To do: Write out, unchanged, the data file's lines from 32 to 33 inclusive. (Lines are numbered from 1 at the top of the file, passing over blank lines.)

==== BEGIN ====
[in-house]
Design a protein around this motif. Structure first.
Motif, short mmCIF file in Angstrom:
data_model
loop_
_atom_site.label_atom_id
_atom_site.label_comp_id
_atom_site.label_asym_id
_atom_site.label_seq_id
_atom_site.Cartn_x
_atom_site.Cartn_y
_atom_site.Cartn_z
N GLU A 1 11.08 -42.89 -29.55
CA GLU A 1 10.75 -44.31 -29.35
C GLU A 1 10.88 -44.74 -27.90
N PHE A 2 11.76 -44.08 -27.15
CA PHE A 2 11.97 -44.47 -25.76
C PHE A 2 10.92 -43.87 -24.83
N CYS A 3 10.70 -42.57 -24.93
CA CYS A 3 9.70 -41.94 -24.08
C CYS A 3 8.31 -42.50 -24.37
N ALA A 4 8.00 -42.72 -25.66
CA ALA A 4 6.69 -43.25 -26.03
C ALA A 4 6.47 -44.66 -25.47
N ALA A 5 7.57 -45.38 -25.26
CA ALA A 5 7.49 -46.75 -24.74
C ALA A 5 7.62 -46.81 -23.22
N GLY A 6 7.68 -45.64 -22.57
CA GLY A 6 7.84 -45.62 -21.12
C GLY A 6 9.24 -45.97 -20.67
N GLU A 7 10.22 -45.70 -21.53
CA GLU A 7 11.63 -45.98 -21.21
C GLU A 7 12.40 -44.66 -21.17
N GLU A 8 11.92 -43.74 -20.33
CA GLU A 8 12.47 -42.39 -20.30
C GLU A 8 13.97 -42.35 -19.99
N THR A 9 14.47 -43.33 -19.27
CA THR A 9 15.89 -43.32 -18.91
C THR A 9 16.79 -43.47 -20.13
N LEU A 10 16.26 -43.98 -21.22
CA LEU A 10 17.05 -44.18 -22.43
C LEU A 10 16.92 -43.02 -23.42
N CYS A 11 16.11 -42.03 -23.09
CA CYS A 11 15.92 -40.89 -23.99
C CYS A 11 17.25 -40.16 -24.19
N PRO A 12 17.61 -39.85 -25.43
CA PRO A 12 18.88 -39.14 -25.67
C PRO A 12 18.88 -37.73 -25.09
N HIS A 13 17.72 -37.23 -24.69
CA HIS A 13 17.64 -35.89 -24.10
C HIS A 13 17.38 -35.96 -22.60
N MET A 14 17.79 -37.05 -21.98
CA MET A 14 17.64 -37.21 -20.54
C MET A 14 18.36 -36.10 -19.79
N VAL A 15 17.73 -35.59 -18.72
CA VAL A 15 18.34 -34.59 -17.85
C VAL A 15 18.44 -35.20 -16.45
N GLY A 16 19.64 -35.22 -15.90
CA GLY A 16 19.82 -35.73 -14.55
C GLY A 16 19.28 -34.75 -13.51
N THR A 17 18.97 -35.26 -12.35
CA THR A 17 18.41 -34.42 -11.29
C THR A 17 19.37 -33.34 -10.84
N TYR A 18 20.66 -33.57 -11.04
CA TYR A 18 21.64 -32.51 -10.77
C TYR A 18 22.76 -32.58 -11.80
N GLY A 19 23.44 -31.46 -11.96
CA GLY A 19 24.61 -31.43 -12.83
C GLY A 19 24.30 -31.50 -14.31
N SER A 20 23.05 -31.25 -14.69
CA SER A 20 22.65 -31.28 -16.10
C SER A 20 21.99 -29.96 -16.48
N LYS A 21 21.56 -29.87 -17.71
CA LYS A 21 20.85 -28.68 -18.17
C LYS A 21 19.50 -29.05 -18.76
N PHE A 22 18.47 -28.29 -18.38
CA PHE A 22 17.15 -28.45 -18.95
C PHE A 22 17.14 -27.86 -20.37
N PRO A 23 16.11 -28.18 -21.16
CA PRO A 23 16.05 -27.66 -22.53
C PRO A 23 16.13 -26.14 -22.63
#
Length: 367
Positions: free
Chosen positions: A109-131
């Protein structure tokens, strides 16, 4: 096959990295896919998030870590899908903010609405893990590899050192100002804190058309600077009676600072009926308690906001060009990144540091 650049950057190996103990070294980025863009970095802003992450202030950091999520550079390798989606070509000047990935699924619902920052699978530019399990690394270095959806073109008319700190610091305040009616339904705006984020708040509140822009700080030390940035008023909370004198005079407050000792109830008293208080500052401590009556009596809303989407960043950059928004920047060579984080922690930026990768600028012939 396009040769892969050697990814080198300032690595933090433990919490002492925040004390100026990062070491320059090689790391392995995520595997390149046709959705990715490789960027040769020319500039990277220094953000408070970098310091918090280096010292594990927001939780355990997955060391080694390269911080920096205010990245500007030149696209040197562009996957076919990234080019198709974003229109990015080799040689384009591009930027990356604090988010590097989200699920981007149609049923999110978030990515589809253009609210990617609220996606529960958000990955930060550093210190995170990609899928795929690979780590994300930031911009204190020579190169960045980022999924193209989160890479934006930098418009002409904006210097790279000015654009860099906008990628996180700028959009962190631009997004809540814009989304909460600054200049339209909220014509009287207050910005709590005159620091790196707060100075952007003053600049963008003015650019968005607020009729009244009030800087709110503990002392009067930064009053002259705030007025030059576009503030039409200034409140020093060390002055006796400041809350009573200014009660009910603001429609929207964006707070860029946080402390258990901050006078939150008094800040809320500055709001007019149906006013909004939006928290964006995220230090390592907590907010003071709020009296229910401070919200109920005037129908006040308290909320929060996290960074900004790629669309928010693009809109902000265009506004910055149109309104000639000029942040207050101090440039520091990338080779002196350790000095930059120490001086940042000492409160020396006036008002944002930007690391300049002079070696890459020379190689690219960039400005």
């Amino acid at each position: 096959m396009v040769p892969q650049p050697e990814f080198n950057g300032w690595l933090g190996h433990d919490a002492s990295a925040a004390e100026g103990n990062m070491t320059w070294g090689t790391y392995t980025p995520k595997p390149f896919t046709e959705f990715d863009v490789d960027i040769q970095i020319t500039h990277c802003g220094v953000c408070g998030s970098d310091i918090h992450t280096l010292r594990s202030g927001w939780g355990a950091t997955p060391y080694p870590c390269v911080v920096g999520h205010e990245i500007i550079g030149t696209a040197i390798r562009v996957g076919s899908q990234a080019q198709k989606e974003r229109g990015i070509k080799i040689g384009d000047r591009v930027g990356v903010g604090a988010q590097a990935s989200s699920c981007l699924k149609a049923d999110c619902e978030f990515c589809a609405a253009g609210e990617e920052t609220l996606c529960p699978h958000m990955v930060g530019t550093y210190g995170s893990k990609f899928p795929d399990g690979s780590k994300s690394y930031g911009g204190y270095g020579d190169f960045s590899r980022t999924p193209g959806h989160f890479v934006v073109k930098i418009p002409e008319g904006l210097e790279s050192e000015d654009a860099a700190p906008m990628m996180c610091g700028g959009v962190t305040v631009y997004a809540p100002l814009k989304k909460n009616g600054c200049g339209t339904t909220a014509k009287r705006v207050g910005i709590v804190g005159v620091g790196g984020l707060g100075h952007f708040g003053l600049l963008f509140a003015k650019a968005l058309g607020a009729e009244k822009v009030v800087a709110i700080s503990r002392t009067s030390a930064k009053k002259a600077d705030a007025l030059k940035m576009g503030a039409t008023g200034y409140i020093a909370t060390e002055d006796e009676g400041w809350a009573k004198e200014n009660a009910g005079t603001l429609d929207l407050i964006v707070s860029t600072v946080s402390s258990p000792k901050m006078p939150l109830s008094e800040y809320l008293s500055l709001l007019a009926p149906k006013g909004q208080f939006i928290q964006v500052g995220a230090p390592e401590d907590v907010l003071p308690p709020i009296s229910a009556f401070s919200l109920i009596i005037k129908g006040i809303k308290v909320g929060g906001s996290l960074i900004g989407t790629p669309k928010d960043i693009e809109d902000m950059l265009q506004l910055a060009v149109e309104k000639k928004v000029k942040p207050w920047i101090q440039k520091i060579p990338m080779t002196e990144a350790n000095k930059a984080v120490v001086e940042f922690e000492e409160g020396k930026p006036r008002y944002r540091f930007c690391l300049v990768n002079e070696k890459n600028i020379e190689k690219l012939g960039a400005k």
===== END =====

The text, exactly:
CA GLU A 7 11.63 -45.98 -21.21
C GLU A 7 12.40 -44.66 -21.17